Snowshoe Trip Journal By Dan Fisher

Sunday, February 4th, 2001

Woke up on my bed of fir boughs surrounded by other sleeping bodies. There are seven of us lying in a circle inside the round white tent. The only part of the tent floor not covered with prone bodies is the area next to the door and the small rectangular woodstove. The stove sits on spruce log runners on the frozen ground two and a half feet below our bed level. We sleep on a ten-inch mattress of fir boughs that rest on two feet of packed snow. It is zero degrees outside now, but well above freezing in the tent. Ray, who was lying to my right, gets up and stokes the stove. The fire comes to life and the heat soon requires us to get out of our sleeping bags.

Tim fills the coffee pot with water and fresh grounds. Adam measures water and seven grain cereal into a two-gallon stainless steel pot and sets it on the stove near the coffee. Others are sitting up, pulling on long underwear, pants, and shirts. Big Tom asks Ray questions about teaching heightened awareness to students. Their conversation soon becomes a group discussion that continues on into breakfast. After breakfast I do the dishes in a large black pot filled with hot water and a little homemade soap. The discussion has evolved to an exchange of information about knot tying. To illustrate the knots we take turns tying various knots onto the fir center pole of our tent with lengths of quarter inch nylon cordage. This morning’s knots are the prusik, the tautline hitch, and the clove hitch. We ask Ray to show us the puckering stitch for sewing moccasins. As the leather is passed around and each of us sews a number of puckers, he describes the basic pattern he uses for summer moccasins. While Tim is sewing a pucker Adam shows me how the thumb is cut out and sewn in his large homemade leather mittens. Today is a slow day, and despite the beckoning sun outside, we linger in the warmth of the stove, demonstrating various skills, and discussing the ways native peoples in this area lived comfortably in the woods.

By noontime I feel the need to go out for a wander. I put on a couple of sweaters, lace up my mukluks, and push through the flap that serves as the tent door. I slide into my snowshoes, grab my axe from the limb it is hanging on, and start walking north up the trail. At first the going is easy because I’m walking on snow neatly packed down from previous forays. I approach a hole in the snow about eight inches in diameter and a foot deep. There is a shallow trench that ends a foot and a half from the hole. At the end of the trench there is a tunnel under the snow to the hole. This is where yesterday morning a partridge had burst up out of the snow as I approached, madly beating the air with frantic wings while letting out that little squeaking noise partridges make when startled, until it had landed safely in the plumage of a spruce thirty feet away. It had spent the night sleeping in it’s cozy snow burrow, and when I approached too closely, it answered the alarm clock of my footfalls, and shot out of bed with a burst that would make any morning person envious. I can see gentle brush marks on the edges of the hole where its wing tips brushed the surface of the snow as it took off.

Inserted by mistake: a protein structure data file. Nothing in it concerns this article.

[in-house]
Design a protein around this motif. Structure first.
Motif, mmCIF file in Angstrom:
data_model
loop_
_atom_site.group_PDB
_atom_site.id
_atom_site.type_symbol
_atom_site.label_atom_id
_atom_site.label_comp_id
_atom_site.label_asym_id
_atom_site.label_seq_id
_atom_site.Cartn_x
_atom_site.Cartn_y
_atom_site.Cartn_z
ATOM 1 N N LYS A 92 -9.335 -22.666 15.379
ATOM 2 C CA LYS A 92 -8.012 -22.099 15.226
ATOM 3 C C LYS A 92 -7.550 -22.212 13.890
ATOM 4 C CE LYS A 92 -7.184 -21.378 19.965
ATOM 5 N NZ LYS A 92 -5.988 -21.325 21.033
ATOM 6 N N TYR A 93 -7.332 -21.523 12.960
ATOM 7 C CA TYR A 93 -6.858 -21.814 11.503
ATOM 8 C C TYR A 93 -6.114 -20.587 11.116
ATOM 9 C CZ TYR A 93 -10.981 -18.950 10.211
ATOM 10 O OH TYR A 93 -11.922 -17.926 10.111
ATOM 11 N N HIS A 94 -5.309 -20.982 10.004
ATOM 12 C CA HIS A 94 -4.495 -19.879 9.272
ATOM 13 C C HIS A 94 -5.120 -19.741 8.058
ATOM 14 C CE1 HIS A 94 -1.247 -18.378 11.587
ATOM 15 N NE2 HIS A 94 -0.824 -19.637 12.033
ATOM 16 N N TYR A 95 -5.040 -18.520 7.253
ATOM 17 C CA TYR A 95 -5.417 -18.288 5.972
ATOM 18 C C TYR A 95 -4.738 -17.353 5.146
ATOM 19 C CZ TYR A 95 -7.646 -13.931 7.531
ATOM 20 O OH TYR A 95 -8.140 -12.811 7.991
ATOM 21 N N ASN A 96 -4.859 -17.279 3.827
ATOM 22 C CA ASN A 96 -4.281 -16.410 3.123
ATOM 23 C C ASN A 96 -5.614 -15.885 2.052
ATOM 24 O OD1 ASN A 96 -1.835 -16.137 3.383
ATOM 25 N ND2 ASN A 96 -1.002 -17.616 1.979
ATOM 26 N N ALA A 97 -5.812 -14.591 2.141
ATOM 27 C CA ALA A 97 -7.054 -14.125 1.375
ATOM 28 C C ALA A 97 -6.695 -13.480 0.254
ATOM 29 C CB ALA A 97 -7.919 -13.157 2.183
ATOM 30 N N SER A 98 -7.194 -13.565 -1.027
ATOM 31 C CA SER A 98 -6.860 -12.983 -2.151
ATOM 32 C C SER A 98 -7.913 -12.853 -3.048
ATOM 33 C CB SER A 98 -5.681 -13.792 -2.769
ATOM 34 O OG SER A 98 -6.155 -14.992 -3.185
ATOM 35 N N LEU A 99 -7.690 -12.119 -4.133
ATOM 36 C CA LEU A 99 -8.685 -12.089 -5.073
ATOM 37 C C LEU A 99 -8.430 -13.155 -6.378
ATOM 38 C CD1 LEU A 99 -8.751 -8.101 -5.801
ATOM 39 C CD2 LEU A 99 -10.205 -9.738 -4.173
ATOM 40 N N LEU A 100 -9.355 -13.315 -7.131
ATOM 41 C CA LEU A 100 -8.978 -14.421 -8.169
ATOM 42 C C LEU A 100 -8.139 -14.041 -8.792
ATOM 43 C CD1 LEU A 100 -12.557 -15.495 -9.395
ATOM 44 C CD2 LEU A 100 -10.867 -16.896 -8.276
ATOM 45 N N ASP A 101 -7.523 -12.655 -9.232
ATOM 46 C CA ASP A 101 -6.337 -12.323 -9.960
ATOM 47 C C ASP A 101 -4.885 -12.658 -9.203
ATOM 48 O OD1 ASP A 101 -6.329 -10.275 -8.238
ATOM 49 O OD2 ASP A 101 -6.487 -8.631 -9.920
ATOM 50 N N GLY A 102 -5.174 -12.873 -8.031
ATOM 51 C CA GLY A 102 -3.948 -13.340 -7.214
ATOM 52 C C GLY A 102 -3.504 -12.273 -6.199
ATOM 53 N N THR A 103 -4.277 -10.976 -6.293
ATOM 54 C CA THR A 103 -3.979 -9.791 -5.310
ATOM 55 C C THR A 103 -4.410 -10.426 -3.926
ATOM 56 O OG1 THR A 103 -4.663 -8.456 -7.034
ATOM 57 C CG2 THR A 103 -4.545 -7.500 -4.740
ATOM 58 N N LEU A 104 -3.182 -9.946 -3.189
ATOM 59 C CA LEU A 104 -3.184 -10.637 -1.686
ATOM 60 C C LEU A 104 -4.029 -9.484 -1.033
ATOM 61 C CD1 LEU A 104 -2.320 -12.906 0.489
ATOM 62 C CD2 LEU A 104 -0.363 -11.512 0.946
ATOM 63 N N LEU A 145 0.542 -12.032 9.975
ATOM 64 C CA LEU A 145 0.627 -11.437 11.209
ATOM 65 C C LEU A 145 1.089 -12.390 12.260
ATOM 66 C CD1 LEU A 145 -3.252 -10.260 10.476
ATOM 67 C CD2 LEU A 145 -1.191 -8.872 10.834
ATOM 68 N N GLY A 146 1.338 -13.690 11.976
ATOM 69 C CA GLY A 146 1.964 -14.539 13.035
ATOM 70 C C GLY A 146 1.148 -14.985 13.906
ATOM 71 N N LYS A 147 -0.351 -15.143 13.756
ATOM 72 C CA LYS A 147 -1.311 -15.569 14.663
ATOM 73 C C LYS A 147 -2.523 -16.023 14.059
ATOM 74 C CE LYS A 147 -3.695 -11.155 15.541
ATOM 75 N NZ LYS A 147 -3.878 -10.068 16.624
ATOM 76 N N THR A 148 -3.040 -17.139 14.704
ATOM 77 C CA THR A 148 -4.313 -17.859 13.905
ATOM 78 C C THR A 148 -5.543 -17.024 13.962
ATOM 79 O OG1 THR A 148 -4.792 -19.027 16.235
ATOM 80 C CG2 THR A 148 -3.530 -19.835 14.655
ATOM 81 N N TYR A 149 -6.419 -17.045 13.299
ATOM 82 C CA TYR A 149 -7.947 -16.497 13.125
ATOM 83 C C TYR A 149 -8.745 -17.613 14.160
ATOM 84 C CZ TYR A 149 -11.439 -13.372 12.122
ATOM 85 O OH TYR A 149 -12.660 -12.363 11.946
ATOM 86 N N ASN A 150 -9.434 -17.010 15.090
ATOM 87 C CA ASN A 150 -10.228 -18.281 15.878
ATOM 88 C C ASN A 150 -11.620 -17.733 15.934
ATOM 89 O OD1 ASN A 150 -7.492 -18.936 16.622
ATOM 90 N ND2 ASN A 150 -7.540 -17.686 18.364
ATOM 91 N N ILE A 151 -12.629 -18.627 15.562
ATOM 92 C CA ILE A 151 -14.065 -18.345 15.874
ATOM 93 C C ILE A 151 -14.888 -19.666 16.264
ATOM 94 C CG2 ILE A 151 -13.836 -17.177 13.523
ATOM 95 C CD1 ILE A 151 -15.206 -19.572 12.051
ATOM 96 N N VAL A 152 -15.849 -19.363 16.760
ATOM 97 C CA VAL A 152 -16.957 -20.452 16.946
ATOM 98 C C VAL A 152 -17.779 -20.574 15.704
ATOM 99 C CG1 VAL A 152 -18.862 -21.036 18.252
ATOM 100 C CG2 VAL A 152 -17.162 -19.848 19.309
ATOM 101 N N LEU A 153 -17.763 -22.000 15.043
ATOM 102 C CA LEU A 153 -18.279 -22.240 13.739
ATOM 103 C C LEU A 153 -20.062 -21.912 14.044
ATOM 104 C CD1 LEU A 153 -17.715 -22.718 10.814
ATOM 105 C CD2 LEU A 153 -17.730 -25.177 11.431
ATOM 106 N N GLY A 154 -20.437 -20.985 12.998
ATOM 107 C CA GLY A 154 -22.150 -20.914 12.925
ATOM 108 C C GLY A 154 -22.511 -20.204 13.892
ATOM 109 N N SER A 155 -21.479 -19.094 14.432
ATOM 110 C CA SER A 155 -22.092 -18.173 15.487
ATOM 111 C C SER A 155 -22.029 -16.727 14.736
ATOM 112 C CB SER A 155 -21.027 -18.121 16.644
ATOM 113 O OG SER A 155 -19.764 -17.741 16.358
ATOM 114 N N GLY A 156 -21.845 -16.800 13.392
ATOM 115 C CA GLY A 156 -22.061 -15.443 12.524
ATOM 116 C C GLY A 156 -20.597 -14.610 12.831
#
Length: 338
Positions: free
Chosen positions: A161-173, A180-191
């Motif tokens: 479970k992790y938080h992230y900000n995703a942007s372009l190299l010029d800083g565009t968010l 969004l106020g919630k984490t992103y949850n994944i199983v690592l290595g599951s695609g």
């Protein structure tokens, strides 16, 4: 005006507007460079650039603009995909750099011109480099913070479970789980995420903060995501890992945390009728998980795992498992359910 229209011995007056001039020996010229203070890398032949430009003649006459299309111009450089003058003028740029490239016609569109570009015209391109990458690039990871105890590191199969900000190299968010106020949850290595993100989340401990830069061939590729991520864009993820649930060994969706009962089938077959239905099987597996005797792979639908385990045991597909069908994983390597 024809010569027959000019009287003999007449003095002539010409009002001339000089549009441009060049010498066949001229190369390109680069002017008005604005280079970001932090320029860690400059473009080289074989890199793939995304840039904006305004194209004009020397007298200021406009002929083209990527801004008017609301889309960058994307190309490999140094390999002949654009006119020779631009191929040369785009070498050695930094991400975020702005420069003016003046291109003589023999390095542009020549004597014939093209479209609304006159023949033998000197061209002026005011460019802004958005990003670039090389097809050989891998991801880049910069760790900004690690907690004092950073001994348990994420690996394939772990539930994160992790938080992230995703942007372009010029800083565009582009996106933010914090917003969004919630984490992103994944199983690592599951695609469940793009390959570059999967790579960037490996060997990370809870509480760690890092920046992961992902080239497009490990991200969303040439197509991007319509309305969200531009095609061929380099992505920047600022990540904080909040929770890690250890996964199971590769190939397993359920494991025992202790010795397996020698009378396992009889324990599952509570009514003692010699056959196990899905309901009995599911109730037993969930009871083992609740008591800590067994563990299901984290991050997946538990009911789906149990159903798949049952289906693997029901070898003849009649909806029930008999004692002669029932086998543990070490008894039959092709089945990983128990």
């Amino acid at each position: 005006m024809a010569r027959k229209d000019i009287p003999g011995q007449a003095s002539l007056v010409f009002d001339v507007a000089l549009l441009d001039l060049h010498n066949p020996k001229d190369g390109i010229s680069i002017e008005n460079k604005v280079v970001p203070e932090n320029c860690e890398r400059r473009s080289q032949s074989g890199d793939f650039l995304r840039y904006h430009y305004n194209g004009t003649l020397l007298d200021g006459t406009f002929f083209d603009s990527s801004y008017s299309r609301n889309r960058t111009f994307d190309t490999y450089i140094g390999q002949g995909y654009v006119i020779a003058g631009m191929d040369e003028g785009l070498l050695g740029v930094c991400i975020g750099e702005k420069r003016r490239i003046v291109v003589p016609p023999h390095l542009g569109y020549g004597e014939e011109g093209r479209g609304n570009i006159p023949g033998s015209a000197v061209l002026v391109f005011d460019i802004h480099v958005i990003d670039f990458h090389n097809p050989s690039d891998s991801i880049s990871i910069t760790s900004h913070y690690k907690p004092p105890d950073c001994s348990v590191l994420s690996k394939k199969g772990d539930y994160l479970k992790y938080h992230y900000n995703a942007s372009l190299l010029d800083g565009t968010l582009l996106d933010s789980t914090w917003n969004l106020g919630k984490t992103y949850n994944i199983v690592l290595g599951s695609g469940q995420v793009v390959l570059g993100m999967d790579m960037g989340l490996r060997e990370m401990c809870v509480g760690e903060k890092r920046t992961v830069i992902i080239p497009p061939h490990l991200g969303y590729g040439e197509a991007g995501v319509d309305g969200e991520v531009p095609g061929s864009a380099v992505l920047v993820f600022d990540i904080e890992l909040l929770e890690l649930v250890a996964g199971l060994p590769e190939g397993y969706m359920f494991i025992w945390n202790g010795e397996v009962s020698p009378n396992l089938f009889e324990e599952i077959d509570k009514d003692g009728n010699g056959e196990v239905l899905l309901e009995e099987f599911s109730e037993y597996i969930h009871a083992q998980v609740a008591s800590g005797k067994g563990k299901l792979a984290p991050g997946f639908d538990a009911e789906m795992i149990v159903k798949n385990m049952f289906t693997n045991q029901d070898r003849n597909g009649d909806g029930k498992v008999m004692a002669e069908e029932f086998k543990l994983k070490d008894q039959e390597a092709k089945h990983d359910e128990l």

To the left and downhill from the trail a stone’s throw away is the flat white surface of Crosby Pond. The drinking water we dip from a hole cut in the ice is the color of weak lemonade. Thousands of years of leaves falling into the pond and steeping like a giant vat of tea, have added the coloration. Perfectly good to drink, water containing leaf tannins has been found to have some medicinal properties, just like some of the medicinal teas purchased in health food stores.